A MD5 checksum is a 128-bit value used to identify files (almost like the fingerprint of a file). You might have noticed a checksum value when downloading files. When you download a file, how do you know that you have the same file as indicated on the website you downloaded from? Instead of trying to compare file sizes or date created/modified timestamps, you can calculate the MD5 checksums and compare.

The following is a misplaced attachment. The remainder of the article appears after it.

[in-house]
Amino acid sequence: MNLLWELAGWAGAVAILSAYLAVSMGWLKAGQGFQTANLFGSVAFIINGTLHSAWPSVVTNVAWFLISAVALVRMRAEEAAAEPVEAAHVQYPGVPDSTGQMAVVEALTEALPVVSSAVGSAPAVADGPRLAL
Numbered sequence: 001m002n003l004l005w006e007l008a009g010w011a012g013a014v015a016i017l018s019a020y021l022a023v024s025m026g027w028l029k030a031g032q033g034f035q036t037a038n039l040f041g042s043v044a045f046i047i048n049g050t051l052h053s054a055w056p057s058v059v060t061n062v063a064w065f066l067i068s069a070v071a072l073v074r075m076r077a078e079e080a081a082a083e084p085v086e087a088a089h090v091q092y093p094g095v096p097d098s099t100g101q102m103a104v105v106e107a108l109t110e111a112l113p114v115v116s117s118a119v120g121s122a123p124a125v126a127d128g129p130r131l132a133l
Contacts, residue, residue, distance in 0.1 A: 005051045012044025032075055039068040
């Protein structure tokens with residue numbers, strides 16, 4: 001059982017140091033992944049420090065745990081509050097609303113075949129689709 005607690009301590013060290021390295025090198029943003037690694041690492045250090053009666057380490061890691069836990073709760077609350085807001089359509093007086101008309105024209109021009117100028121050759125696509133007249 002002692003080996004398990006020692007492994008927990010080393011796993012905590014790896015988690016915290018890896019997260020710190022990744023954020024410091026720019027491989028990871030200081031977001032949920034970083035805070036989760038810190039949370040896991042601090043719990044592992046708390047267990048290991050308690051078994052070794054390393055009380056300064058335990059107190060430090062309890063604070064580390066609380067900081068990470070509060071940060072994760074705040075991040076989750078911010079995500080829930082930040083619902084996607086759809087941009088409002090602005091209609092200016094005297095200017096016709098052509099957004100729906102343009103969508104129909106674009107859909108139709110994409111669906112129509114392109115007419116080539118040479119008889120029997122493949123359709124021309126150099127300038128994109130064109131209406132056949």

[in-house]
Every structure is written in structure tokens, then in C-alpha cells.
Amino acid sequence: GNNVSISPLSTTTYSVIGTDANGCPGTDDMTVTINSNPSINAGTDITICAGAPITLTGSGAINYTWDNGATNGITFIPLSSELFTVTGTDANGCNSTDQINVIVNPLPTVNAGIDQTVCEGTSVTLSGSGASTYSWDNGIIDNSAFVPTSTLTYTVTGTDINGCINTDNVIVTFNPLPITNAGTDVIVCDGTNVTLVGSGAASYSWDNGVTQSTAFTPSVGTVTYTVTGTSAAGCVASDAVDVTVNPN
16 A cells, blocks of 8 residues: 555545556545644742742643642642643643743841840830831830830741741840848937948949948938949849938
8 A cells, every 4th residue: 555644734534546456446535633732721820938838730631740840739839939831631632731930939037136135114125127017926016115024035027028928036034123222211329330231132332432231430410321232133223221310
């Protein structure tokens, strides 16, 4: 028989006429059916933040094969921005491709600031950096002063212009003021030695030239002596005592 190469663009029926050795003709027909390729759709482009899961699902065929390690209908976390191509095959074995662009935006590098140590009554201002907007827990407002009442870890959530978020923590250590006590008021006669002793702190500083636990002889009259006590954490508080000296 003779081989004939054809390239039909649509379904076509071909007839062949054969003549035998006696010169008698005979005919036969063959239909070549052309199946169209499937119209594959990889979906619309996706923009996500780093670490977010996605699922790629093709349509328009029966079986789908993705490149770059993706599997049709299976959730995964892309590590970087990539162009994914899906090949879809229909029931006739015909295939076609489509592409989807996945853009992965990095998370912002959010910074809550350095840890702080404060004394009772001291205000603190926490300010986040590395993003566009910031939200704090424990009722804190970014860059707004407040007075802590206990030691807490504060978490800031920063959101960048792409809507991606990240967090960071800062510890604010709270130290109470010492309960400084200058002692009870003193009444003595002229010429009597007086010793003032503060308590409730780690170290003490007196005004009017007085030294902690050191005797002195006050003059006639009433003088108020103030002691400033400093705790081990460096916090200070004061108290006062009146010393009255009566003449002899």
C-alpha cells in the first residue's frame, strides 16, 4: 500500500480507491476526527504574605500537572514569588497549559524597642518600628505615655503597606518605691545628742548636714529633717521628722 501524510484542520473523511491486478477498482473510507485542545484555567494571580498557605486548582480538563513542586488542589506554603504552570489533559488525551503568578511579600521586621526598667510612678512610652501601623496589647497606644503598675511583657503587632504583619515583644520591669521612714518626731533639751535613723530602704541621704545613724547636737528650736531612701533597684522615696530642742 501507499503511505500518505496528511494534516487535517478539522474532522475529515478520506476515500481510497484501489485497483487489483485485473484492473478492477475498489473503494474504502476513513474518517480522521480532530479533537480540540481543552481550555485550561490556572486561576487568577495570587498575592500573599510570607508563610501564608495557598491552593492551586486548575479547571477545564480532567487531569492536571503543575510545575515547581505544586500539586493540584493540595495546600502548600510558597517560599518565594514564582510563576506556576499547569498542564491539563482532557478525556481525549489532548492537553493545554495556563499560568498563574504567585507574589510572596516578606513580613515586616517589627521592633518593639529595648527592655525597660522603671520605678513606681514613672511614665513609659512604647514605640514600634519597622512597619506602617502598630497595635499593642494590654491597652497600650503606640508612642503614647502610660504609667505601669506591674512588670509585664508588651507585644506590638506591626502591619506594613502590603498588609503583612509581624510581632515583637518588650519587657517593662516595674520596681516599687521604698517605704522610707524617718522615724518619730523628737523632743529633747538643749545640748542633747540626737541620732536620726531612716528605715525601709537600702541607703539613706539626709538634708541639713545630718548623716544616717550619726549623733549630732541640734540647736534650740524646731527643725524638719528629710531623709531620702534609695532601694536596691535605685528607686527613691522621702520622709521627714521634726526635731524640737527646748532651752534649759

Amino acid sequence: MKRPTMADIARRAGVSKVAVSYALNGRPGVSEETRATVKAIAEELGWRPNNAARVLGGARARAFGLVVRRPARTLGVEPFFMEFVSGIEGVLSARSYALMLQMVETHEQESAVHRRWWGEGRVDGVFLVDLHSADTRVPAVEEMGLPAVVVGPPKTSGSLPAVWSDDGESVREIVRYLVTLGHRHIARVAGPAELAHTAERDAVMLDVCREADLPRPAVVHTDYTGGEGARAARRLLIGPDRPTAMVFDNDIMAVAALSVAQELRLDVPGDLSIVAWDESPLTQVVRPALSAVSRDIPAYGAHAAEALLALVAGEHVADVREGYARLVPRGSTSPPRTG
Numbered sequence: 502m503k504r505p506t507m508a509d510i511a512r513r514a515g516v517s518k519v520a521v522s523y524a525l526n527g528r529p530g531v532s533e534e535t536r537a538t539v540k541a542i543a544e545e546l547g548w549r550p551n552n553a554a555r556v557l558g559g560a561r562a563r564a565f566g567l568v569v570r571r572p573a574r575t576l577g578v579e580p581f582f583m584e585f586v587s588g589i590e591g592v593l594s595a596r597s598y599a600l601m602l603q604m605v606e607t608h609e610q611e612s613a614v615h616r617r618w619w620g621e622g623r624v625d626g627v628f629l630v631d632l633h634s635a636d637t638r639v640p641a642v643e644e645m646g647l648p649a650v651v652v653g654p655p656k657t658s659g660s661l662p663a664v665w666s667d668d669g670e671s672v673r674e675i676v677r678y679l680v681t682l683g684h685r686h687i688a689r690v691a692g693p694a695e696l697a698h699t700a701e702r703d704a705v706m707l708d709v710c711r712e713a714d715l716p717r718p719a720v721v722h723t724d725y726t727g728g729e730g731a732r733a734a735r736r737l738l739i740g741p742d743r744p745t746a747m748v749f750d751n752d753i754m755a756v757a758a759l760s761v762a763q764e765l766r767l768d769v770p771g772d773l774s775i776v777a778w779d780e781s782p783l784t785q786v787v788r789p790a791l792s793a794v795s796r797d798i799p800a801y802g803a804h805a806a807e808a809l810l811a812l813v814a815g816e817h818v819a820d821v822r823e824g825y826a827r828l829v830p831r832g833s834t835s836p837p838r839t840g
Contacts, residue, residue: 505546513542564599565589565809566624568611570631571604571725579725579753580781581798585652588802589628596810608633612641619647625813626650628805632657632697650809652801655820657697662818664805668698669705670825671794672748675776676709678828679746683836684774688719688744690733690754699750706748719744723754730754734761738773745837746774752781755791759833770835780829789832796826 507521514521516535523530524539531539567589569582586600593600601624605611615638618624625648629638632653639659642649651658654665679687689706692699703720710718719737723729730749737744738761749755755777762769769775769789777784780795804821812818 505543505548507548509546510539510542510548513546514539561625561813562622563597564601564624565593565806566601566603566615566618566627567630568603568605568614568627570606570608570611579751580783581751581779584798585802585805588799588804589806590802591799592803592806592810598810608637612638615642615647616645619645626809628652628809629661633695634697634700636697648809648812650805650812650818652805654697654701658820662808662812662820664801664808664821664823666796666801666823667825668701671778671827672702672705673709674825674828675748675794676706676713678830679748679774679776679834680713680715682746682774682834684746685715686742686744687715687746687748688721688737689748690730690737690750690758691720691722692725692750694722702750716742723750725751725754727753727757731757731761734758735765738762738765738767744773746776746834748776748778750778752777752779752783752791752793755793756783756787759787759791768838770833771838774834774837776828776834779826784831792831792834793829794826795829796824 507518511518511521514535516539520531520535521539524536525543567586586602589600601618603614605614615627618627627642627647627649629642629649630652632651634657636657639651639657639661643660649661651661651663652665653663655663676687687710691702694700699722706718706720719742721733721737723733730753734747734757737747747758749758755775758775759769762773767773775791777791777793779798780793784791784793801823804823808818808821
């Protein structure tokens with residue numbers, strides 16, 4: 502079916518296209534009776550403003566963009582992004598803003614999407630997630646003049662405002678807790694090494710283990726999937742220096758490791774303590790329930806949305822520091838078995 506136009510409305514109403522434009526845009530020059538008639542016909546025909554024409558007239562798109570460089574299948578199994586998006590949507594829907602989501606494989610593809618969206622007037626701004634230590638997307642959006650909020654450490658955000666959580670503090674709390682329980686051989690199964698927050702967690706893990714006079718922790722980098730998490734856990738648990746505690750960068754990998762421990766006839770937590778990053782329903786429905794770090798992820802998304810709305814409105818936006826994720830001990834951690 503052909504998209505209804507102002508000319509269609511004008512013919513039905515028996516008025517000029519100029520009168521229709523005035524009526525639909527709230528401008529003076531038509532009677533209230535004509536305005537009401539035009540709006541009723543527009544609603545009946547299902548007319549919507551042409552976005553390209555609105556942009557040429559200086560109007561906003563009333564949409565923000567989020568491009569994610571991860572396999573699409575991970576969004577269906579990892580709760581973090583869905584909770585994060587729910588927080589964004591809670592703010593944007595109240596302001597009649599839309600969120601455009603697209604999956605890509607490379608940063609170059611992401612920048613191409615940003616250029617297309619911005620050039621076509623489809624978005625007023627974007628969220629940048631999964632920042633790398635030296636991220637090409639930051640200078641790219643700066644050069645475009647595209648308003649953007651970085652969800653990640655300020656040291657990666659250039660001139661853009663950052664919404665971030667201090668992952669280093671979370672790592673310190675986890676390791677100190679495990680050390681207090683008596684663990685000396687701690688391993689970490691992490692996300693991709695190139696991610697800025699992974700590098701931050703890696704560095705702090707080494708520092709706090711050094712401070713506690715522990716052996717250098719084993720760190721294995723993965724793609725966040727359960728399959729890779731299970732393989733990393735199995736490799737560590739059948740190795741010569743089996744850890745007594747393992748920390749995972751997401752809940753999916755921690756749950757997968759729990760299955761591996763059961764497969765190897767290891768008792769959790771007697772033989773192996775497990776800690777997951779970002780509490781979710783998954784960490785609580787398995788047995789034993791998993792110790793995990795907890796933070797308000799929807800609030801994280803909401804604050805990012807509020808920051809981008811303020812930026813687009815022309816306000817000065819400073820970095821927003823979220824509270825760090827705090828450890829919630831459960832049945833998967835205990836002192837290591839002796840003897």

For example, say that there is a website that allows you to download Software A. The website gives you the MD5 checksum of Software A. Bob downloads Software A and injects some malicious code into it. Bob then redistributes his modified software, but still calls it Software A. If you take the MD5 checksum of Bob’s modified file, you will find that it is different than the MD5 checksum that was originally listed on Software A’s website. In this manner, you will know that this is not the proper file.
It is important to note that in certain cases, researchers have found that two different files have the same MD5 checksum. This makes the MD5 algorithm vulnerable to Collisions.